Modern Cuisine – Cooking on the Cutting Edge
“I think it is a sad reflection on our civilization that while we can and do measure the temperature in the atmosphere of Venus we do not know what goes on inside our soufflés.” —Nicholas Kurti
It’s the ultra-modern style of cooking. Although, all the way back in the 1800’s cooks and scientists were interested in understanding food chemistry. But it was not until 1988 that the term “Molecular Gastronomy” was coined by French chemist Hervé This and Hungarian physicist Nicholas Kurti. They began holding workshops to investigate the transformation that occurs when food is cooked.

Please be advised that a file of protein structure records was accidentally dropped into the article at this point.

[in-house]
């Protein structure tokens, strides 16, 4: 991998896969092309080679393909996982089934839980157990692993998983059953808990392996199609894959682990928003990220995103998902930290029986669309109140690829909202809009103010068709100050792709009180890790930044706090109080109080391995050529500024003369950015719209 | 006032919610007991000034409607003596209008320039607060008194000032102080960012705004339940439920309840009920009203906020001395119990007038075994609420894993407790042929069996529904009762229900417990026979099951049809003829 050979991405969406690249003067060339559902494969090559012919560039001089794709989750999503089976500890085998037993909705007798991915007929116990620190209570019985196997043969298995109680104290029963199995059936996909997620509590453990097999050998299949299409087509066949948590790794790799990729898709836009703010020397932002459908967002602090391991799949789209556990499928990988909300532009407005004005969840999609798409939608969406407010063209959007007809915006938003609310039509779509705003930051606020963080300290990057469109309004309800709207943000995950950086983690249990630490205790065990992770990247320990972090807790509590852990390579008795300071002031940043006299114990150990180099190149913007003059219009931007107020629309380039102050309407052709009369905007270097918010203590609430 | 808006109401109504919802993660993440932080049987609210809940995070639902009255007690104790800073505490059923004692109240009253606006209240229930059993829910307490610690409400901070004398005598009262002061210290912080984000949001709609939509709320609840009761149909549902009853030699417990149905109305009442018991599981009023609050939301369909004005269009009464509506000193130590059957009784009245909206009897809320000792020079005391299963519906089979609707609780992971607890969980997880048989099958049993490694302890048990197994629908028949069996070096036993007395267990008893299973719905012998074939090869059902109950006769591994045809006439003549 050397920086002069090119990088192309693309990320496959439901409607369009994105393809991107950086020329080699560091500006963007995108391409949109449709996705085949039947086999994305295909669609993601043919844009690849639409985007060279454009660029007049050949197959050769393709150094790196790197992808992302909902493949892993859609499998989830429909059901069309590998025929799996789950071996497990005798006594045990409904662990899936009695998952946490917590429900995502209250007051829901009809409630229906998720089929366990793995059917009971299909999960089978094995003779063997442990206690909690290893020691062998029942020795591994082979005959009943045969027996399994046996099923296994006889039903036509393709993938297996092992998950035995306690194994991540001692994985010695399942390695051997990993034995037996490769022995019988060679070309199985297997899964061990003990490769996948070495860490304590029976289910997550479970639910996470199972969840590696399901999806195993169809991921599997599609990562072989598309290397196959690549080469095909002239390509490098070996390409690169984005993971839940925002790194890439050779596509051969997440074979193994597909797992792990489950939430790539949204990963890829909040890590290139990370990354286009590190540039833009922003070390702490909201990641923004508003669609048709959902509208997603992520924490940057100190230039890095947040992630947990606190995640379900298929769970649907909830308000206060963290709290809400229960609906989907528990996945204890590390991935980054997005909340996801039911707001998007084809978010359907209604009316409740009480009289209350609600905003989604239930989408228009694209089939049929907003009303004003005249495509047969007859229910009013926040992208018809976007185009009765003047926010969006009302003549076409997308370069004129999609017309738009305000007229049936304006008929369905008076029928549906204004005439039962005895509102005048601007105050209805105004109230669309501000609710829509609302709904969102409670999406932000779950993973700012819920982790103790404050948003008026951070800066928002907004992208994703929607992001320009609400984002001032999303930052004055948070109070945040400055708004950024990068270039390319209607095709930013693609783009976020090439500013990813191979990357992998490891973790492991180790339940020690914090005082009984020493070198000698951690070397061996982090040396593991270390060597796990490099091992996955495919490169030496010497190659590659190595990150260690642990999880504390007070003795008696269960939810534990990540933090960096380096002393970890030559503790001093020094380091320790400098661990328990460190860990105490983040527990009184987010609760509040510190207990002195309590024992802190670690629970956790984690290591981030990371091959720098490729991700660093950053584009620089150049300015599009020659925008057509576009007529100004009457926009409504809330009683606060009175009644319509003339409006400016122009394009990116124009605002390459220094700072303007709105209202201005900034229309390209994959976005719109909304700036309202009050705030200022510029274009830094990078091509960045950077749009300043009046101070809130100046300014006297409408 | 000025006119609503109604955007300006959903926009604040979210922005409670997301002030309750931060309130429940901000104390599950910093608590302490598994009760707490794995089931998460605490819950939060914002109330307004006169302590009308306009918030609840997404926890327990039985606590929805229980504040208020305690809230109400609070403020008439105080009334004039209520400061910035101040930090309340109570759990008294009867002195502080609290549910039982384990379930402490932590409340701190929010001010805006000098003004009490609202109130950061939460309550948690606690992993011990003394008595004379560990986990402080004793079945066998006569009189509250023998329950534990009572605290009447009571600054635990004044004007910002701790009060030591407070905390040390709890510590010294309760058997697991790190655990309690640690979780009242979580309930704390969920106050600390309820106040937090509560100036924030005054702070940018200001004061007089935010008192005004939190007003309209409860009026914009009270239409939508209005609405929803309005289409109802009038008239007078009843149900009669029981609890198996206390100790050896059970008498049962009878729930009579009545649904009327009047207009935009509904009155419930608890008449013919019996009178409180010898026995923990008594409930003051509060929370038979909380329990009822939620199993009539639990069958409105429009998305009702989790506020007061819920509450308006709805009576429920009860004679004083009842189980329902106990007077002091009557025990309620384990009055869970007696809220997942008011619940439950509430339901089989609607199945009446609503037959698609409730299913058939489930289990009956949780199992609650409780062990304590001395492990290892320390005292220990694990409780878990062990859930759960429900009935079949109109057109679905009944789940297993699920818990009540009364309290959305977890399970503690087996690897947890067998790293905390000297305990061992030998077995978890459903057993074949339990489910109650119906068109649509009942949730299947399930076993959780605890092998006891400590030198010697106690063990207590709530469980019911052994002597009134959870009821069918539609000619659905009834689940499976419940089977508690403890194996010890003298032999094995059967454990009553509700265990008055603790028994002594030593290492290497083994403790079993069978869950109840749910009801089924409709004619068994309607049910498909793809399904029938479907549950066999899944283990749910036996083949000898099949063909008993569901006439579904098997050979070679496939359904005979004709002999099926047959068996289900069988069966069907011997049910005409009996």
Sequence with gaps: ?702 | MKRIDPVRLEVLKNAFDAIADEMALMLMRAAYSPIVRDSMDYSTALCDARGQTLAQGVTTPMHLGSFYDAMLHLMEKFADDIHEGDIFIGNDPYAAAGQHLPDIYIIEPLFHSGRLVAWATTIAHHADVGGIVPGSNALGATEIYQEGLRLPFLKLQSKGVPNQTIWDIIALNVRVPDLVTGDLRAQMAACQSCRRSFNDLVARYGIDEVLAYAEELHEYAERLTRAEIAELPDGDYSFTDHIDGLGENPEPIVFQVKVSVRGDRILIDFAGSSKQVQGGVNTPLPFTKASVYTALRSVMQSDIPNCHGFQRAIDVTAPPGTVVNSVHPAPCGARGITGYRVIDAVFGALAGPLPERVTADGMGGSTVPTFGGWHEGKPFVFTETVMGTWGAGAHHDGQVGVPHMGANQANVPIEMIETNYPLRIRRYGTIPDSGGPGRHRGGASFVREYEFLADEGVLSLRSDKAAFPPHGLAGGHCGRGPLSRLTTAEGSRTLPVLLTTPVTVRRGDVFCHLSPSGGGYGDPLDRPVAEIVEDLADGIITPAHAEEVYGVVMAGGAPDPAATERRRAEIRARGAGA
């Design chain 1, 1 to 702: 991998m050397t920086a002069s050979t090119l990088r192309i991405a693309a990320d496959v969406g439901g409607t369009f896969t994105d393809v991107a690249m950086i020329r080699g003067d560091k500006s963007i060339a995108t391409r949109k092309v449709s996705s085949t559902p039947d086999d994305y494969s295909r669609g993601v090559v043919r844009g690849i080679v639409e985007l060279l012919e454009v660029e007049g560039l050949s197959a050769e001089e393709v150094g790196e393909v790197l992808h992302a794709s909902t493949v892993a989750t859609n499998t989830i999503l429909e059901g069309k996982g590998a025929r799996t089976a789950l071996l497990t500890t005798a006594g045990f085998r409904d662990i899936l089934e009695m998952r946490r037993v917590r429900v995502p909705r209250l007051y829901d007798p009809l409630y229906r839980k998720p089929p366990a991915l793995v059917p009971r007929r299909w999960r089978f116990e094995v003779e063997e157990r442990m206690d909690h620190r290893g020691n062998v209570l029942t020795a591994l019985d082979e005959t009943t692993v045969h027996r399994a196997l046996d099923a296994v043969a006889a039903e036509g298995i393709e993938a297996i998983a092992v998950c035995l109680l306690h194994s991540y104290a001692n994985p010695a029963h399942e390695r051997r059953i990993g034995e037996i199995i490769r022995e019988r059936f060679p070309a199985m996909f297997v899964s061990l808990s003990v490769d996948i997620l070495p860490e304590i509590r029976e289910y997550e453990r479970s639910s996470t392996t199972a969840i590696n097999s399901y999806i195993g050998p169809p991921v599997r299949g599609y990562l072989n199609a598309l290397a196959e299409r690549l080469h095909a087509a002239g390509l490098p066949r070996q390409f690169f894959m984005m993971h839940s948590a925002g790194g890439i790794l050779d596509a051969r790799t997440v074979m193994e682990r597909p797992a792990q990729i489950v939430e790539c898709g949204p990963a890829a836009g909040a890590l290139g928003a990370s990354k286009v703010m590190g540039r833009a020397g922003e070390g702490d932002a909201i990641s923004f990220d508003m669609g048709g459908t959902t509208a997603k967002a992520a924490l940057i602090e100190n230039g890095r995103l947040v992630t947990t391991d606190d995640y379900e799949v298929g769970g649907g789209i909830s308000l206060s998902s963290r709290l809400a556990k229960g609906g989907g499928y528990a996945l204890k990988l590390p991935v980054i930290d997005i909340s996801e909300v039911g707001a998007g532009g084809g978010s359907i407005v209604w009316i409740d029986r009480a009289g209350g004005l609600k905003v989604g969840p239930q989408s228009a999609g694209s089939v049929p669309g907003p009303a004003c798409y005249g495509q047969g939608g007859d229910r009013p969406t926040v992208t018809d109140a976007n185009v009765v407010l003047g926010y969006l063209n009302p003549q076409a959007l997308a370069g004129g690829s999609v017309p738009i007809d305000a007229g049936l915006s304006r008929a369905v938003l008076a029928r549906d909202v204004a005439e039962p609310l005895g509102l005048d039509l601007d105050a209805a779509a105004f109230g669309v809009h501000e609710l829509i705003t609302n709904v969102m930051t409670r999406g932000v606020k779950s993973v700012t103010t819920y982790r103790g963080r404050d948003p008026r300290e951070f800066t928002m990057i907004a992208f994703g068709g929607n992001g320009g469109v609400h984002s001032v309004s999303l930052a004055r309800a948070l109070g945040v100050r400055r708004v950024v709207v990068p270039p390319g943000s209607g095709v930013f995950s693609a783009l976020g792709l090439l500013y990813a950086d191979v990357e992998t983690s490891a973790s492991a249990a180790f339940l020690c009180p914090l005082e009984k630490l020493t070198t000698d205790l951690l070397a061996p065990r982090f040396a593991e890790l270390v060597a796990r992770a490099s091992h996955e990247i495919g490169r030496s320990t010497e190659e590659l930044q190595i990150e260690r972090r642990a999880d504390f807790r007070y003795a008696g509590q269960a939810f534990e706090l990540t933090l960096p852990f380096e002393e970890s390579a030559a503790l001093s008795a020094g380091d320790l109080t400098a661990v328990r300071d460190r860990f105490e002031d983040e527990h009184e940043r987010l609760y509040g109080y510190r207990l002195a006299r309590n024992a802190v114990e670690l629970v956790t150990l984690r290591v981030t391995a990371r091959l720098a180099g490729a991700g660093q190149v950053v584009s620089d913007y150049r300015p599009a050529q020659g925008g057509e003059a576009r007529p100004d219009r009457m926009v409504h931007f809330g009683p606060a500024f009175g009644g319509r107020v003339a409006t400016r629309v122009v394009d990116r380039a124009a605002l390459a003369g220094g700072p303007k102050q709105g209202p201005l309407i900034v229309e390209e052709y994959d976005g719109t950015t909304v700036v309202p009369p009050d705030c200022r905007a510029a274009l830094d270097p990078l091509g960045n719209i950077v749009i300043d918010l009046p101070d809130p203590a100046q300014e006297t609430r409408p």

The molecular or modernist cuisine movement really began when chefs took those scientific discoveries and applied creativity to that body of knowledge. They take the basics of classic cooking and craftsmanship then apply chemical compounds and elements such as liquid nitrogen for instantaneous freezing and techniques such as spherification (forming a liquid into a solid orb which remains liquid on the inside) and gelification (turning a liquid into a gelatinous form by using a gelling agent) to push the culinary envelope.